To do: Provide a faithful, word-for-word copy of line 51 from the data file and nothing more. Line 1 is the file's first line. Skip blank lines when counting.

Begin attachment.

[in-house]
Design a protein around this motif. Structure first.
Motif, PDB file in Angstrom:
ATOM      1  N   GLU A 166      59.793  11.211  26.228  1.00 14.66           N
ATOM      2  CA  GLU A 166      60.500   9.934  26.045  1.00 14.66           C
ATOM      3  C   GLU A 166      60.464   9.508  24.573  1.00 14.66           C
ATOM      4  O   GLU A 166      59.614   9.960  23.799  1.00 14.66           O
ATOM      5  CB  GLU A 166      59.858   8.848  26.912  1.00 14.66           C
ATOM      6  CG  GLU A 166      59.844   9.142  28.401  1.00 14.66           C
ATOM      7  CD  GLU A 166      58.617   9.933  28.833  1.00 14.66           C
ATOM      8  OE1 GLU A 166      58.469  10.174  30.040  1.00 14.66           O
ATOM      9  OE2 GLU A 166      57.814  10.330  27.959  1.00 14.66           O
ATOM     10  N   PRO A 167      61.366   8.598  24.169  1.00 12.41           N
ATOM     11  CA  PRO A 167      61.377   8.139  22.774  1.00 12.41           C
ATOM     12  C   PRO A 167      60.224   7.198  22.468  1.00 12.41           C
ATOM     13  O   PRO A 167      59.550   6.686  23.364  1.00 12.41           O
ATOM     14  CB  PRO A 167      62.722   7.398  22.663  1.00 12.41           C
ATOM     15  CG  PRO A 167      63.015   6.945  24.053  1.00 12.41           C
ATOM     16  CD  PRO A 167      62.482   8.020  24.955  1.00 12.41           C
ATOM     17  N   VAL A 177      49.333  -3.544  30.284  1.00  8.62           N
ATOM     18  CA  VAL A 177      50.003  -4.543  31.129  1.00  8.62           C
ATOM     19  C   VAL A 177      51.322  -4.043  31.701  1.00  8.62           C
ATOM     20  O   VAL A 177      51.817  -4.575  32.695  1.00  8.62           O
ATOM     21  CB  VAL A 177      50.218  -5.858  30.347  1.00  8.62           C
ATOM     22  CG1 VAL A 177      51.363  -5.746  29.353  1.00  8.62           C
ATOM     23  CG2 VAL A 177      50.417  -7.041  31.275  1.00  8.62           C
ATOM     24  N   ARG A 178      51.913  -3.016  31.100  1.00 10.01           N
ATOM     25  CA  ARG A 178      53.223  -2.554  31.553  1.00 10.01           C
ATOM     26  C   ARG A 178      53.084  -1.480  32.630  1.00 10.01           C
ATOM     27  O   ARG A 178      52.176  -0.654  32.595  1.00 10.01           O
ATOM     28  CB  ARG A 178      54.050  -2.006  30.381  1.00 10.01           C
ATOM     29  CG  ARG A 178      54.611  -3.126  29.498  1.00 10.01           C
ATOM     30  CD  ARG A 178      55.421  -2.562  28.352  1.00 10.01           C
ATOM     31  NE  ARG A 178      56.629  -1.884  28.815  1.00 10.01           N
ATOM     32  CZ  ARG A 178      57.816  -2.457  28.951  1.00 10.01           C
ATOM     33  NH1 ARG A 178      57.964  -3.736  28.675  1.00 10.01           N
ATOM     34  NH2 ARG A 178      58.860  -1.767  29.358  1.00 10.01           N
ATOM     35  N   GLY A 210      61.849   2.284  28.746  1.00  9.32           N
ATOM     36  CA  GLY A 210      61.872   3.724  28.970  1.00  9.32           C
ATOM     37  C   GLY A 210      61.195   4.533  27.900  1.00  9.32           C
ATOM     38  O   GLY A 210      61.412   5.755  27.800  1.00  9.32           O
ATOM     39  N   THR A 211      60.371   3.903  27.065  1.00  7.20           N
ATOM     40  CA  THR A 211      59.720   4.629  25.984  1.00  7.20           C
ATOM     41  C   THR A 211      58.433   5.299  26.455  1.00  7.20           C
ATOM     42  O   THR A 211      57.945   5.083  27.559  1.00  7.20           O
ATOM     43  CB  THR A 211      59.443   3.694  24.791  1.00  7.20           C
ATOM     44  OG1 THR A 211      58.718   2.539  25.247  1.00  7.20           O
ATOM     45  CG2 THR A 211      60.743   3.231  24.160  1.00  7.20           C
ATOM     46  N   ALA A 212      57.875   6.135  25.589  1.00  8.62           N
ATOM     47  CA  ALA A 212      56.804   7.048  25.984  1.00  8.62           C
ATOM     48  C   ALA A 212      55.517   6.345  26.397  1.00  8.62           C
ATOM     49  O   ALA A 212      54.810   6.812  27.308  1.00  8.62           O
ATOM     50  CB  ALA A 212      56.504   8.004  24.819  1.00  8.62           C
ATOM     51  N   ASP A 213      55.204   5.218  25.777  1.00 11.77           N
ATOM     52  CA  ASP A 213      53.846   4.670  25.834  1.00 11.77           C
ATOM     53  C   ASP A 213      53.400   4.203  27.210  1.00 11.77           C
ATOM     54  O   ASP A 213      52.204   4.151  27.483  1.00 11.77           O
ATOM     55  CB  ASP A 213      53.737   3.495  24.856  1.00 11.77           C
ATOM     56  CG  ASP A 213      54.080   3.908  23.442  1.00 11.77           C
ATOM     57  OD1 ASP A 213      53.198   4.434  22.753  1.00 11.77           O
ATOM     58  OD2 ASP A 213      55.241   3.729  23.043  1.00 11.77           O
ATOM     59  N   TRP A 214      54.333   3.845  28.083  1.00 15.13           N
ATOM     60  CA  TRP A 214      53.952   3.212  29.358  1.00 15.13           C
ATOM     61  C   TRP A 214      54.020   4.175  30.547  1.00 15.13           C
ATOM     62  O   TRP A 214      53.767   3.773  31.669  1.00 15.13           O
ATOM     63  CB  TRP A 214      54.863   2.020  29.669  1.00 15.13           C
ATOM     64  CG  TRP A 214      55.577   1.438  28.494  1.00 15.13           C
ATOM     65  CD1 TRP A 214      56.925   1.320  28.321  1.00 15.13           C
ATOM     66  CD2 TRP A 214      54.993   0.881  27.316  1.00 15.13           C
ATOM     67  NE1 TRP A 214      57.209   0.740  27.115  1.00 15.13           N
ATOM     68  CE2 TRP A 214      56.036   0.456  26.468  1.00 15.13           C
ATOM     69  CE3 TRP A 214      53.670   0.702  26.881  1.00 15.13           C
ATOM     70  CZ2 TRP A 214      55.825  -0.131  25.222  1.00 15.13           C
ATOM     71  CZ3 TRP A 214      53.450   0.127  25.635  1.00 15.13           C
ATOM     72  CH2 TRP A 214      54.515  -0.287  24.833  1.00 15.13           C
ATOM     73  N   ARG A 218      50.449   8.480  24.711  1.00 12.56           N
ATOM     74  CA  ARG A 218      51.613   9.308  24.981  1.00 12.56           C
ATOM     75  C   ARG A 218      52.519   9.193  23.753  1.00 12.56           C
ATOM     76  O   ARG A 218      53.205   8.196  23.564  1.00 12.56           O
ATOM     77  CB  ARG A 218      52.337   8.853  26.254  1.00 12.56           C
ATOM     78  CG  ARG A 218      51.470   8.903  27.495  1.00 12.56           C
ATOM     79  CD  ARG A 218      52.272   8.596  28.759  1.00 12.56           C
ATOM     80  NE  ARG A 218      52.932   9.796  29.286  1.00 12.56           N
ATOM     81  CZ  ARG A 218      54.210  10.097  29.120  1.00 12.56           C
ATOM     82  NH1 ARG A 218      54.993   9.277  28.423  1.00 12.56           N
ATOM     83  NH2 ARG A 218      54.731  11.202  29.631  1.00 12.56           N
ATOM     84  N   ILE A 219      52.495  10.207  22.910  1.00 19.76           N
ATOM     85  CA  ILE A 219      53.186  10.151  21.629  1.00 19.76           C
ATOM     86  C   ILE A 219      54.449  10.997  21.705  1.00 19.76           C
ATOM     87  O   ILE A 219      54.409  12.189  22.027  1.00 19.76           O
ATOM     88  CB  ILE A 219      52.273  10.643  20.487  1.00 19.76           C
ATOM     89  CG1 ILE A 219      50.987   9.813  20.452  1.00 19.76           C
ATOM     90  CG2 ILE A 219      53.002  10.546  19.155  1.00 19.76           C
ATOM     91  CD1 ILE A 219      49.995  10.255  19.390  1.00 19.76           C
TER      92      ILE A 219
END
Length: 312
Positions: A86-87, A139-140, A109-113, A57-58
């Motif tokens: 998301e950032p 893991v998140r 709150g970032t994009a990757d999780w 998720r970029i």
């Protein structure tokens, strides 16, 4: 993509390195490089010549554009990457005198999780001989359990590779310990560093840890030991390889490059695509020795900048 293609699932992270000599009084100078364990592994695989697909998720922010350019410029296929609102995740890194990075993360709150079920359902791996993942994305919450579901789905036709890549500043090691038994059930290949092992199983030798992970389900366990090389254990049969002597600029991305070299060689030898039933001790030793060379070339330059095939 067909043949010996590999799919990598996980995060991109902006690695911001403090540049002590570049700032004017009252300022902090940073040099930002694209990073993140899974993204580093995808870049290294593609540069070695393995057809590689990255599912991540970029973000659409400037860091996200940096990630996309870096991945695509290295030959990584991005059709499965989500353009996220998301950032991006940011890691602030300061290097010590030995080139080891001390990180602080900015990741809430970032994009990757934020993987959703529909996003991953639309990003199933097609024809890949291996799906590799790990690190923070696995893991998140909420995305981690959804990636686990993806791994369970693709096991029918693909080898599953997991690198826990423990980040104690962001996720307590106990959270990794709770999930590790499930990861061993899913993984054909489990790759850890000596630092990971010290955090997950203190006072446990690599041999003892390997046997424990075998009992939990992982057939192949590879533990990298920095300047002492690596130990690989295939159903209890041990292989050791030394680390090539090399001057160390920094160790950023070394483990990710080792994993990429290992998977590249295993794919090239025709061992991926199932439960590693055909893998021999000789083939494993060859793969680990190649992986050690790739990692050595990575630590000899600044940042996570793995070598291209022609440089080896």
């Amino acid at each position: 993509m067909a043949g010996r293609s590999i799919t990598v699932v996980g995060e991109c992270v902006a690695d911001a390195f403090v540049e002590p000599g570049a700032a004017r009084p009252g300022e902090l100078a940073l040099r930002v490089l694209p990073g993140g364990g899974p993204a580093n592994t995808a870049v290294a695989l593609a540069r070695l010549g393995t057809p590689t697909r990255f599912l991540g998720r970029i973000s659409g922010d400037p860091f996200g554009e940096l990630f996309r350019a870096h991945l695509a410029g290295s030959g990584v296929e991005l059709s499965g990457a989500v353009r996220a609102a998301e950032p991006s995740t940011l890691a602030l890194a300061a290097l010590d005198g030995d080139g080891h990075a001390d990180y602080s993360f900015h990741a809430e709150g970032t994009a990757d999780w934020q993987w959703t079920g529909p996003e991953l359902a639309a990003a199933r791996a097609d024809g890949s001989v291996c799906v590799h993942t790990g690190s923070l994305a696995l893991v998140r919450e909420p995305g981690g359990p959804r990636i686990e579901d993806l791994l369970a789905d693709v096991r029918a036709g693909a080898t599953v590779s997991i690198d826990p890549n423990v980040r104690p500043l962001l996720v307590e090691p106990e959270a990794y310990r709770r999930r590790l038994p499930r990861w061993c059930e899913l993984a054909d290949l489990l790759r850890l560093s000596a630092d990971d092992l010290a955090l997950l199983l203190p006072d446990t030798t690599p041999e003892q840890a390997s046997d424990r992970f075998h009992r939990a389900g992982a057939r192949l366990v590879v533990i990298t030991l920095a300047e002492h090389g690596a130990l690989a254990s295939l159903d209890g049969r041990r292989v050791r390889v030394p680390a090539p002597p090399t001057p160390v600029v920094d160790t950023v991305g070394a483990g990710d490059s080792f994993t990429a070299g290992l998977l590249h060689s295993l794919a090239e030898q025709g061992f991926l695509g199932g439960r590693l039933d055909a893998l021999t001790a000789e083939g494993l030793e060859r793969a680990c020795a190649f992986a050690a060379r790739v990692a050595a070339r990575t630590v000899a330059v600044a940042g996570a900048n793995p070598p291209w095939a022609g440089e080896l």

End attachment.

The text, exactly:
ATOM     48  C   ALA A 212      55.517   6.345  26.397  1.00  8.62           C